D. Peter Kvietok, Daniel H. Sandweiss, Michael A. Malpass, Richard E. Daggett, Dwight T. Wallace, Anne-Louise Schaffer, Elizabeth P. Benson, Charles S. Spencer, Elsa M. Redmond, Gordon C. Pollard, and George Kubler
The contributions in this volume represent nine of the twenty-three papers presented at the Second Annual Northeast Conference on Andean Archaeology and Ethnohistory (NCAAE) held at the American Museum of Natural History on November 19-20, 1983. Papers include "The Preceramic and Formative Period Occupations in the Cordillera Negra: Preliminary Report" by Michael A. Malpass, "The Early Horizon--Early Intermediate Period Transition: A View from the Nepena and Viru Valleys" by Richard E. Daggett, "Paracas in Chincha and Pisco: A Reappraisal of the Ocucaje Sequence" by Dwight T. Wallace, "Impressions in Metal: Reconstructing Burial Context at Loma Negra, Peru" by Anne-Louise Schaeffer, "The Moche Moon" by Elizabeth P. Benson, "Archaeological Investigation in the Andean Piedmont and High Llanos of Western Venezuela: A Preliminary Report" by Charles S. Spencer and Elsa M. Redmond, "Pachacamac--An Andean Oracle Under Inca Rule" by Thomas C. Patterson, "The Spanish League and Inca Sites: A Reassessment of the Itinerary of Juan de Matienzo through N.W. Argentina" by Gordon C. Pollard, and "Written Sources on Andean Cosmogony" by George Kubler.
Investigations of the Andean Past: Papers from the First Annual Northeast Conference on Andean Archaeology and Ethnohistory
Daniel H. Sandweiss, Michael A. Malpass, Thomas C. Patterson, Joan M. Gero, Rebecca R. Stone, Richard E. Daggett, Allison C. Paulsen, Christine C. Brewster-Wray, Lynda E. Spickard, William H. Isbell, Cheryl Daggett, T. McGreevy, R. Shaughnessy, Joel Rabinowtiz, and Paul Dillon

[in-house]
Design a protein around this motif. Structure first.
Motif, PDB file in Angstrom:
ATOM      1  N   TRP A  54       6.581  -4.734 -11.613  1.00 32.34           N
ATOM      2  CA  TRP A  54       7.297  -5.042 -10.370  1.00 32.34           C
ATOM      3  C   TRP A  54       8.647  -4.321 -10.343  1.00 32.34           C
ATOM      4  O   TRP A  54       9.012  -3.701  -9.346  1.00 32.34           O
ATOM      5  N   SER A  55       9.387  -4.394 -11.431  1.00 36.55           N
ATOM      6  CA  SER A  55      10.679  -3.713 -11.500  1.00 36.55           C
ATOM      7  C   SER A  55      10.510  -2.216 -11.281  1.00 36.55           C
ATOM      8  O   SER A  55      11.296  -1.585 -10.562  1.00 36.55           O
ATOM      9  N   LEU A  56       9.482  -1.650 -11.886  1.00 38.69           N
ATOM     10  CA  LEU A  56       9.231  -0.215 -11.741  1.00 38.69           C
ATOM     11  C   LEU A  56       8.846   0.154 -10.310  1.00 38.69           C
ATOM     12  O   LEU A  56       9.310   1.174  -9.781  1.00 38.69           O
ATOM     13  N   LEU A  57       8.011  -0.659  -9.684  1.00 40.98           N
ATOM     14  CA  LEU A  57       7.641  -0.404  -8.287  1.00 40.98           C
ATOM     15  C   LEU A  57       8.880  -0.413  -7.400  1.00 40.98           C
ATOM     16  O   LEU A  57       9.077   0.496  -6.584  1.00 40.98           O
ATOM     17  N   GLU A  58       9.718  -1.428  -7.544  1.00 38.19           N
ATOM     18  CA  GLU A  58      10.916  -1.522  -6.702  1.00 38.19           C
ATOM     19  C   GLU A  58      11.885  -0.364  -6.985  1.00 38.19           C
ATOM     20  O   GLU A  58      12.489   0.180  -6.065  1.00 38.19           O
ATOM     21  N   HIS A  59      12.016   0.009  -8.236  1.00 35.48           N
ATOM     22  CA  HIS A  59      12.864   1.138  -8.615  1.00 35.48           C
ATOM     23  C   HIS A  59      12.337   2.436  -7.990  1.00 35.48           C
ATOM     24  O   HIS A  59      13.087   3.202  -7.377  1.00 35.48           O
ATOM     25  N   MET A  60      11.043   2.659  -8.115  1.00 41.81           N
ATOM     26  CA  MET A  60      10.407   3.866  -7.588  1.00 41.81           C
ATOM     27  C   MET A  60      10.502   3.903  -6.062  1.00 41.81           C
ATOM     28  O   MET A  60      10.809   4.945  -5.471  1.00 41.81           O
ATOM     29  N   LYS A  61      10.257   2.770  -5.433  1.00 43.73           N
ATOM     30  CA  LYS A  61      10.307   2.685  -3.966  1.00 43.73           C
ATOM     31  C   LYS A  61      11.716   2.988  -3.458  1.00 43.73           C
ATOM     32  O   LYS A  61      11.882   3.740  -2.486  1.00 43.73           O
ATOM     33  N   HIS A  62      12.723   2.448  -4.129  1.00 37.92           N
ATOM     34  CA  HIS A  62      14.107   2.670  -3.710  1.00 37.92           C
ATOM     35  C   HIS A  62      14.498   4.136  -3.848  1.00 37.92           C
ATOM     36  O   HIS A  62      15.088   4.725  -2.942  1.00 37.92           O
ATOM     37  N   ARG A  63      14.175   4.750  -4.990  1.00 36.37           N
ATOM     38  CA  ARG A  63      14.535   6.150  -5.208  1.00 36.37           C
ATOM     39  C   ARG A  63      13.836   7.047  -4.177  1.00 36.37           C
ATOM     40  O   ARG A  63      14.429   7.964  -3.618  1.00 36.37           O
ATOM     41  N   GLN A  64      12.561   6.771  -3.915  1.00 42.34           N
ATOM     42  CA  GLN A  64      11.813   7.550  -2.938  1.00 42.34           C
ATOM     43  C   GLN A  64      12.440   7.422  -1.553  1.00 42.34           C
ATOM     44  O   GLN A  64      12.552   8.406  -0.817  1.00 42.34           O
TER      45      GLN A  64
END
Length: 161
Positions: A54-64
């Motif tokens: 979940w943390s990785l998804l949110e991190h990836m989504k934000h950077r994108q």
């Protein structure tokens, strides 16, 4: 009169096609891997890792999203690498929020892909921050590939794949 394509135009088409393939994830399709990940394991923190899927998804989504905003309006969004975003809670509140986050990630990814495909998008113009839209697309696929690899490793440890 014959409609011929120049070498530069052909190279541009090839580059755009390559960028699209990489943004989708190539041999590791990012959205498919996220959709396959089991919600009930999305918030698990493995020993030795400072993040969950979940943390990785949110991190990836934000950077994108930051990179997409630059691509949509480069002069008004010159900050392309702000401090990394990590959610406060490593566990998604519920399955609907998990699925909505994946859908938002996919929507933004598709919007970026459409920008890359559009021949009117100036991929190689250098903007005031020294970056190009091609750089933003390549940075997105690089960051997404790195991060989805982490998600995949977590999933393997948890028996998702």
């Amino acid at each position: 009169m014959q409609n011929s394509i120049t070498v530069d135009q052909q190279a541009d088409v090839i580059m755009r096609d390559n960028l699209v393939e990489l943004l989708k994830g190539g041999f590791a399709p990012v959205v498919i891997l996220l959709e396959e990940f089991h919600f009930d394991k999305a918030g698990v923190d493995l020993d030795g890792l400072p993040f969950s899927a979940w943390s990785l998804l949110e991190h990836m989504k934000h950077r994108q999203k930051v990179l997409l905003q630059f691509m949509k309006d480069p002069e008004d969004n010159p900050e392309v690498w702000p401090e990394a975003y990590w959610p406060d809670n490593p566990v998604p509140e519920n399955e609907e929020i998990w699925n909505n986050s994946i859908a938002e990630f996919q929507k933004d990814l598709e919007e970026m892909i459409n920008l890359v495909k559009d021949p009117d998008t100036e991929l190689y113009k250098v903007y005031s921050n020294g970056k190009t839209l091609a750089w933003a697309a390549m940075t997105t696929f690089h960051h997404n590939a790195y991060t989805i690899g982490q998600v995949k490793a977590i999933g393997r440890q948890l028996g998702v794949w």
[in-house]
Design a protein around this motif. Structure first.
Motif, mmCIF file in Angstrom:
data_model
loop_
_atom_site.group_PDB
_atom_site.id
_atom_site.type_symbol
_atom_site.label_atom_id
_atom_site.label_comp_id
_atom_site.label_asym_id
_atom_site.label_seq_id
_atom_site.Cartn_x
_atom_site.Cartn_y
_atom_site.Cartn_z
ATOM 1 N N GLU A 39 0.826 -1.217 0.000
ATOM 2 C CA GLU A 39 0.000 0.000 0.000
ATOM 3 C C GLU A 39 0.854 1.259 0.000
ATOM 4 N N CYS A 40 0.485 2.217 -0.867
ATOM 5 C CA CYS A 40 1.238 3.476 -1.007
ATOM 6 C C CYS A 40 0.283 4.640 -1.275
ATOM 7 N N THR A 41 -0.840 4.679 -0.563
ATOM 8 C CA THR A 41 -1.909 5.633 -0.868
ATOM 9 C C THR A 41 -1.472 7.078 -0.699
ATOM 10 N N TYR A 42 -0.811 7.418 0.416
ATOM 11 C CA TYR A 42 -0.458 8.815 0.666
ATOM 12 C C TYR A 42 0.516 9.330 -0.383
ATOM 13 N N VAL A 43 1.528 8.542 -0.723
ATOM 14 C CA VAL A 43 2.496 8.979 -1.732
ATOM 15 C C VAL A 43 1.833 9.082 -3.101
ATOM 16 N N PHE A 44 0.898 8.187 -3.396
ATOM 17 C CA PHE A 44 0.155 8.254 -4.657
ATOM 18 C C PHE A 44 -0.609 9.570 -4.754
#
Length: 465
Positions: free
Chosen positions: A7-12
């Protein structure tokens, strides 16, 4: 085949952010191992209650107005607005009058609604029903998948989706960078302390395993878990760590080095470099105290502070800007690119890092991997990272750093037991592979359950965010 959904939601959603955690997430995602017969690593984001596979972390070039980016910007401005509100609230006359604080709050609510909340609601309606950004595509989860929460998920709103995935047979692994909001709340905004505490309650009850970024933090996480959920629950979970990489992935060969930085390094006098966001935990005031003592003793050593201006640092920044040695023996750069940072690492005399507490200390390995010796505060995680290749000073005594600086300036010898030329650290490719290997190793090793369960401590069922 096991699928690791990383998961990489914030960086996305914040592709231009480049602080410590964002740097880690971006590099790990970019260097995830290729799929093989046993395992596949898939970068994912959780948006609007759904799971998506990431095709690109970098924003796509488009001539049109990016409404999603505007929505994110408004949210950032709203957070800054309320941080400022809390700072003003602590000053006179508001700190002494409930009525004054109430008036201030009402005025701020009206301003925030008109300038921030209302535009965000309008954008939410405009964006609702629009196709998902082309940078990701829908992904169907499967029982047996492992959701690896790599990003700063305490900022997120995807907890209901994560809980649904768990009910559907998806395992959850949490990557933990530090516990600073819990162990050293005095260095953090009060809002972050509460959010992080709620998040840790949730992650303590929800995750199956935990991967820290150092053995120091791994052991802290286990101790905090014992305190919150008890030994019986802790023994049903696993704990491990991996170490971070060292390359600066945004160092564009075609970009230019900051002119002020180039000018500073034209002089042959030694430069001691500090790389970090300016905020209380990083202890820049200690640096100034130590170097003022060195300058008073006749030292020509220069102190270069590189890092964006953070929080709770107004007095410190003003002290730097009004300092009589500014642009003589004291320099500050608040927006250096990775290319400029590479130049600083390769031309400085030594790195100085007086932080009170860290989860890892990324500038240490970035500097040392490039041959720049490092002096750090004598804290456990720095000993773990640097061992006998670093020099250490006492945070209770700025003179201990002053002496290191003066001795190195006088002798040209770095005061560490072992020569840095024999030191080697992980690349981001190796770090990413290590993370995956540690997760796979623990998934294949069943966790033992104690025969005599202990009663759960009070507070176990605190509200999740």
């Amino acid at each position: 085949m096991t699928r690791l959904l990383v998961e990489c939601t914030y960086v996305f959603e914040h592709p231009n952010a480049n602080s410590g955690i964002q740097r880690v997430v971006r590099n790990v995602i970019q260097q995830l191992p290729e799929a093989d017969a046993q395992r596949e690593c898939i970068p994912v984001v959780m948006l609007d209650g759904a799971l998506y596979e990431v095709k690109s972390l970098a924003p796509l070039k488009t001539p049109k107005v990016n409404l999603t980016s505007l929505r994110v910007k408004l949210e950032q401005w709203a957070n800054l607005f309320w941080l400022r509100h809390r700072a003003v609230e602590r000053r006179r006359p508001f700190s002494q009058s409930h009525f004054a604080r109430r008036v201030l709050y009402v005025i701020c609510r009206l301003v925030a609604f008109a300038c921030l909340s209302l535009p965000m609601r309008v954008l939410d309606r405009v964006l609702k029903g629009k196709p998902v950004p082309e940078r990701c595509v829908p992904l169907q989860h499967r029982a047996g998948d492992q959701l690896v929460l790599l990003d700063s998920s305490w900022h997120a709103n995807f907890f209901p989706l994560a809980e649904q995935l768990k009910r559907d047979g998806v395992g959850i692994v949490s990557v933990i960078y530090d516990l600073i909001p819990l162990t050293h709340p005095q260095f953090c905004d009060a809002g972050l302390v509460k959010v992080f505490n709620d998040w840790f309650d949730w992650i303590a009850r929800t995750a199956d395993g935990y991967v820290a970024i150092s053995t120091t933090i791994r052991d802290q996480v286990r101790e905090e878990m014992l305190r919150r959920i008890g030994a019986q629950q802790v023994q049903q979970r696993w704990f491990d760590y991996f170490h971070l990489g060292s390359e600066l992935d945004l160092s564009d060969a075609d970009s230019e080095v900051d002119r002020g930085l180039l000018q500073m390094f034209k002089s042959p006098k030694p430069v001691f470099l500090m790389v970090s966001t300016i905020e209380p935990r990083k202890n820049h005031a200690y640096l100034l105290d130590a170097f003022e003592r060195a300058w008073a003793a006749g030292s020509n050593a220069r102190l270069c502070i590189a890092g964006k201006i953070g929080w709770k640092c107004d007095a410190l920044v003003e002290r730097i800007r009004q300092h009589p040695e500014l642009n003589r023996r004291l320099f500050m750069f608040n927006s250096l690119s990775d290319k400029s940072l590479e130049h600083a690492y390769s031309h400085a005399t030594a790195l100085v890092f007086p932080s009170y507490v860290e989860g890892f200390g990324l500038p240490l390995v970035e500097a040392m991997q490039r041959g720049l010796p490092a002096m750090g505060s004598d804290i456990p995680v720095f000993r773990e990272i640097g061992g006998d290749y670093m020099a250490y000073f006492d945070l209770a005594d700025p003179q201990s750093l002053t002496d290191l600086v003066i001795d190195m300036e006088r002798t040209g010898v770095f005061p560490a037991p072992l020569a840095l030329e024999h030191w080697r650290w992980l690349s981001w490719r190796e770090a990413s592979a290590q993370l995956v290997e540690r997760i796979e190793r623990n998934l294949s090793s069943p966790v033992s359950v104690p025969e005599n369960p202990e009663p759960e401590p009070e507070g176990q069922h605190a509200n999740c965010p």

The papers included in this volume represent fourteen of the twenty-three original papers presented at the First Annual Northeast Conference on Andean Archaeology and Ethnohistory held at Cornell University on November 13th and 14th, 1982. The papers are: "The Preceramic Occupations of the Casma Valley, Peru" by Michael A. Malpass, "The Historical Development of a Coastal Andean Social Formation in Central Peru, 6000 to 500 B.C." by Thomas C. Patterson, "Stone Tools in Ceramic Contexts: Exploring the Unstructured" by Joan M. Gero, "Possible Uses, Roles, and Meanings of Chavin-style Painted Textiles of South Coast Peru" by Rebecca R. Stone, "Megalithic Sites in the Nepena Valley, Peru" by Richard E. Daggett, "Huaca del Loro Revisited: The Nasca-Huarpa Connection" by Allison C. Paulsen, "Spatial Patterning and the Function of a Huari Architectural Compound" by Christine C. Brewster-Wray, "The Development of Huari Administrative Architecture" by Lynda E. Spickard, "Aspects of State Ideology in Huari and Tiwanaku Iconography: The Central Deity and the Sacrificer" by Anita G. Cook, "Shared Ideology and Parallel Political Development: Huari and Tiwanaku" by William H. Isbell, "Casma Incised Pottery: An Analysis of Collections from the Nepena Valley" by Cheryl Daggett, "High Altitude Land Use in the Huamachuco Area" by T. McGreevy and R. Shaughnessy, "La Lengua Pescadora: the Lost Dialect of Chimu Fishermen" by Joel Rabinowitz, and "The Chancas of Angaraes: 1450(?)--1765" by Paul H. Dillon.